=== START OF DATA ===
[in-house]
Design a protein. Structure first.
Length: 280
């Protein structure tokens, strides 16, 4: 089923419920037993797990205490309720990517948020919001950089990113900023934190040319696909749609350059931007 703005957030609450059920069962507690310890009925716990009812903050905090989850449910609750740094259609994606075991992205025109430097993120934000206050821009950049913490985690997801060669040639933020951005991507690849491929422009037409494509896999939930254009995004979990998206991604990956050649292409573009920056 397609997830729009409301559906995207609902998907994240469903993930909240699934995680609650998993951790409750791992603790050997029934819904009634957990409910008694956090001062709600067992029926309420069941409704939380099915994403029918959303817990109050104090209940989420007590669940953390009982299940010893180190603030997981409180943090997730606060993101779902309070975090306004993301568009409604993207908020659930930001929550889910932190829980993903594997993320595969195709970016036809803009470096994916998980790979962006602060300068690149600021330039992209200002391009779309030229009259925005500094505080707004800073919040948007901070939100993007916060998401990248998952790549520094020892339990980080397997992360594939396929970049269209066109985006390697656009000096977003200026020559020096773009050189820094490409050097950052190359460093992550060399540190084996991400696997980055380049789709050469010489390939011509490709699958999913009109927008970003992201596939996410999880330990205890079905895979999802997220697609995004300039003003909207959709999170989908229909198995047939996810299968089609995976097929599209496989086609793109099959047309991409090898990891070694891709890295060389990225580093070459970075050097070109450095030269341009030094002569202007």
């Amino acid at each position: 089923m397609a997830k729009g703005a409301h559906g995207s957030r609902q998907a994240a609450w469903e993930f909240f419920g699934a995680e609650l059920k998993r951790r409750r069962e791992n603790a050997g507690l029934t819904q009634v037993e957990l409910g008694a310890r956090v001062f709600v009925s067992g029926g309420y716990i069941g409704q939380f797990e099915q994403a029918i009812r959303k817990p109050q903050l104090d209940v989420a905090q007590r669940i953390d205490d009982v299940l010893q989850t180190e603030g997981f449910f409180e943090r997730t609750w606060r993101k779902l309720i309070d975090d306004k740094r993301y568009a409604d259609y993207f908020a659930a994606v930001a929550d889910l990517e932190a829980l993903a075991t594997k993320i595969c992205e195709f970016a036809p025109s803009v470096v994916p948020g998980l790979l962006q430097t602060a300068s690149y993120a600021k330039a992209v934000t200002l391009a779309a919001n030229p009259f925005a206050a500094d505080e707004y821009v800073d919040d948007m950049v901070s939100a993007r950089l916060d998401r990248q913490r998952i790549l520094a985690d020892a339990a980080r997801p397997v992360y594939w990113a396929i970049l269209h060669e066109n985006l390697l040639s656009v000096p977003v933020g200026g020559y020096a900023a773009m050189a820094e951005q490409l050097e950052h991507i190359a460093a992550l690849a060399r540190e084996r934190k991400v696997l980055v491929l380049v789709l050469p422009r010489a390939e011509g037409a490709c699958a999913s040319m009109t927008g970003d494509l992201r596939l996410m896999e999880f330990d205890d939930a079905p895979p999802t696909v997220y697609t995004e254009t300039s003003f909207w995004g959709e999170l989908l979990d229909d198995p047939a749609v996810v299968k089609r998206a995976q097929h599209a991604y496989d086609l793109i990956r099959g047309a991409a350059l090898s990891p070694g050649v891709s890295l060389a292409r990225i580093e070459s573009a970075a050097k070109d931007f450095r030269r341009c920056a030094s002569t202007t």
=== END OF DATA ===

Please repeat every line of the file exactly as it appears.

[in-house]
Design a protein. Structure first.
Length: 280
């Protein structure tokens, strides 16, 4: 089923419920037993797990205490309720990517948020919001950089990113900023934190040319696909749609350059931007 703005957030609450059920069962507690310890009925716990009812903050905090989850449910609750740094259609994606075991992205025109430097993120934000206050821009950049913490985690997801060669040639933020951005991507690849491929422009037409494509896999939930254009995004979990998206991604990956050649292409573009920056 397609997830729009409301559906995207609902998907994240469903993930909240699934995680609650998993951790409750791992603790050997029934819904009634957990409910008694956090001062709600067992029926309420069941409704939380099915994403029918959303817990109050104090209940989420007590669940953390009982299940010893180190603030997981409180943090997730606060993101779902309070975090306004993301568009409604993207908020659930930001929550889910932190829980993903594997993320595969195709970016036809803009470096994916998980790979962006602060300068690149600021330039992209200002391009779309030229009259925005500094505080707004800073919040948007901070939100993007916060998401990248998952790549520094020892339990980080397997992360594939396929970049269209066109985006390697656009000096977003200026020559020096773009050189820094490409050097950052190359460093992550060399540190084996991400696997980055380049789709050469010489390939011509490709699958999913009109927008970003992201596939996410999880330990205890079905895979999802997220697609995004300039003003909207959709999170989908229909198995047939996810299968089609995976097929599209496989086609793109099959047309991409090898990891070694891709890295060389990225580093070459970075050097070109450095030269341009030094002569202007």
């Amino acid at each position: 089923m397609a997830k729009g703005a409301h559906g995207s957030r609902q998907a994240a609450w469903e993930f909240f419920g699934a995680e609650l059920k998993r951790r409750r069962e791992n603790a050997g507690l029934t819904q009634v037993e957990l409910g008694a310890r956090v001062f709600v009925s067992g029926g309420y716990i069941g409704q939380f797990e099915q994403a029918i009812r959303k817990p109050q903050l104090d209940v989420a905090q007590r669940i953390d205490d009982v299940l010893q989850t180190e603030g997981f449910f409180e943090r997730t609750w606060r993101k779902l309720i309070d975090d306004k740094r993301y568009a409604d259609y993207f908020a659930a994606v930001a929550d889910l990517e932190a829980l993903a075991t594997k993320i595969c992205e195709f970016a036809p025109s803009v470096v994916p948020g998980l790979l962006q430097t602060a300068s690149y993120a600021k330039a992209v934000t200002l391009a779309a919001n030229p009259f925005a206050a500094d505080e707004y821009v800073d919040d948007m950049v901070s939100a993007r950089l916060d998401r990248q913490r998952i790549l520094a985690d020892a339990a980080r997801p397997v992360y594939w990113a396929i970049l269209h060669e066109n985006l390697l040639s656009v000096p977003v933020g200026g020559y020096a900023a773009m050189a820094e951005q490409l050097e950052h991507i190359a460093a992550l690849a060399r540190e084996r934190k991400v696997l980055v491929l380049v789709l050469p422009r010489a390939e011509g037409a490709c699958a999913s040319m009109t927008g970003d494509l992201r596939l996410m896999e999880f330990d205890d939930a079905p895979p999802t696909v997220y697609t995004e254009t300039s003003f909207w995004g959709e999170l989908l979990d229909d198995p047939a749609v996810v299968k089609r998206a995976q097929h599209a991604y496989d086609l793109i990956r099959g047309a991409a350059l090898s990891p070694g050649v891709s890295l060389a292409r990225i580093e070459s573009a970075a050097k070109d931007f450095r030269r341009c920056a030094s002569t202007t």